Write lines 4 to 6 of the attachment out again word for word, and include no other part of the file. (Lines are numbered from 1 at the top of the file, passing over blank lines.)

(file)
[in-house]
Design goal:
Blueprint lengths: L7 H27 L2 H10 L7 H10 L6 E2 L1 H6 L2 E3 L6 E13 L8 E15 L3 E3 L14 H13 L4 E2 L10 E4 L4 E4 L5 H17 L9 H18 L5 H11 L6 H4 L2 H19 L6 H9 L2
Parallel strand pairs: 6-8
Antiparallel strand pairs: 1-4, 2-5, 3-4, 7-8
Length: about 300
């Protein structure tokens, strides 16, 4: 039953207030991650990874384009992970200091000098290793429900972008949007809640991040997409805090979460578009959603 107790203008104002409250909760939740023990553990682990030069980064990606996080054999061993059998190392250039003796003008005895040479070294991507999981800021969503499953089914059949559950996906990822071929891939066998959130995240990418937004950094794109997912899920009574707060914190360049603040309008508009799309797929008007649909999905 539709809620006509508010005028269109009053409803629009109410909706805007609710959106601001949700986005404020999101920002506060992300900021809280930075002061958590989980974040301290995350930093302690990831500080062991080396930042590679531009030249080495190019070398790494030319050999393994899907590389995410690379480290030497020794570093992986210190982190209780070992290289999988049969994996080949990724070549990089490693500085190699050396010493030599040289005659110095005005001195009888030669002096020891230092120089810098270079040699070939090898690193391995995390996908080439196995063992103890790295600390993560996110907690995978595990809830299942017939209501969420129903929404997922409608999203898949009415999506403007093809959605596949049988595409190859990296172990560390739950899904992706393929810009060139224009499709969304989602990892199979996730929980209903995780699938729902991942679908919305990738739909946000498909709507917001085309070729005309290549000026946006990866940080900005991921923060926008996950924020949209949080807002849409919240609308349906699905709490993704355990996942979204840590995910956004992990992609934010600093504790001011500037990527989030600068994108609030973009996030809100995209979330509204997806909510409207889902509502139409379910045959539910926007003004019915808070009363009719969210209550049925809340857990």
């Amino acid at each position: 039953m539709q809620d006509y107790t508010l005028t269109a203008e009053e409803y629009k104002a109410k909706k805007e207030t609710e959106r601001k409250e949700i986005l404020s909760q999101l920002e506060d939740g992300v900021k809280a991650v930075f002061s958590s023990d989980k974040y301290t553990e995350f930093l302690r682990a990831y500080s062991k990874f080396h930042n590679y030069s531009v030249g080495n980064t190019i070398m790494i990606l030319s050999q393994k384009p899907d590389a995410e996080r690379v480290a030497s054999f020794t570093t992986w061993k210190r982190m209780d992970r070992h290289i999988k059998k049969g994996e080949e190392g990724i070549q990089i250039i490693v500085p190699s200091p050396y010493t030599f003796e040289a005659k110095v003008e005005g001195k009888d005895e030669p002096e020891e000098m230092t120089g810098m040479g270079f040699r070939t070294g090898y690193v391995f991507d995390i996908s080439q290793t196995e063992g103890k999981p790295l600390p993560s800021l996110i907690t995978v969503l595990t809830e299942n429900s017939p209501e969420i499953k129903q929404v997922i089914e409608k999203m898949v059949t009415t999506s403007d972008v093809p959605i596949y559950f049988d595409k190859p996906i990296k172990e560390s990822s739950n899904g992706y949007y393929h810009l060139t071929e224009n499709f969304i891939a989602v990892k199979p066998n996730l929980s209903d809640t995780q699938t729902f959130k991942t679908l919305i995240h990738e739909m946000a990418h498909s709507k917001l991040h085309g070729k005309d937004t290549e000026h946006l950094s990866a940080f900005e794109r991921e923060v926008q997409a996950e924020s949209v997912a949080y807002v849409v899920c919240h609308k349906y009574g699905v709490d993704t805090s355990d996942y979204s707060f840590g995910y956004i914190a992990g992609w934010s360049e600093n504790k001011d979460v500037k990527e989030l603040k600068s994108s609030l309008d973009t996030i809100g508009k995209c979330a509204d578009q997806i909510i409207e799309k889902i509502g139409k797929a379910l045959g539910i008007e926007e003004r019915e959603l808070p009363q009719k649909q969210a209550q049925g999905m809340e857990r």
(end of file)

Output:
Parallel strand pairs: 6-8
Antiparallel strand pairs: 1-4, 2-5, 3-4, 7-8
Length: about 300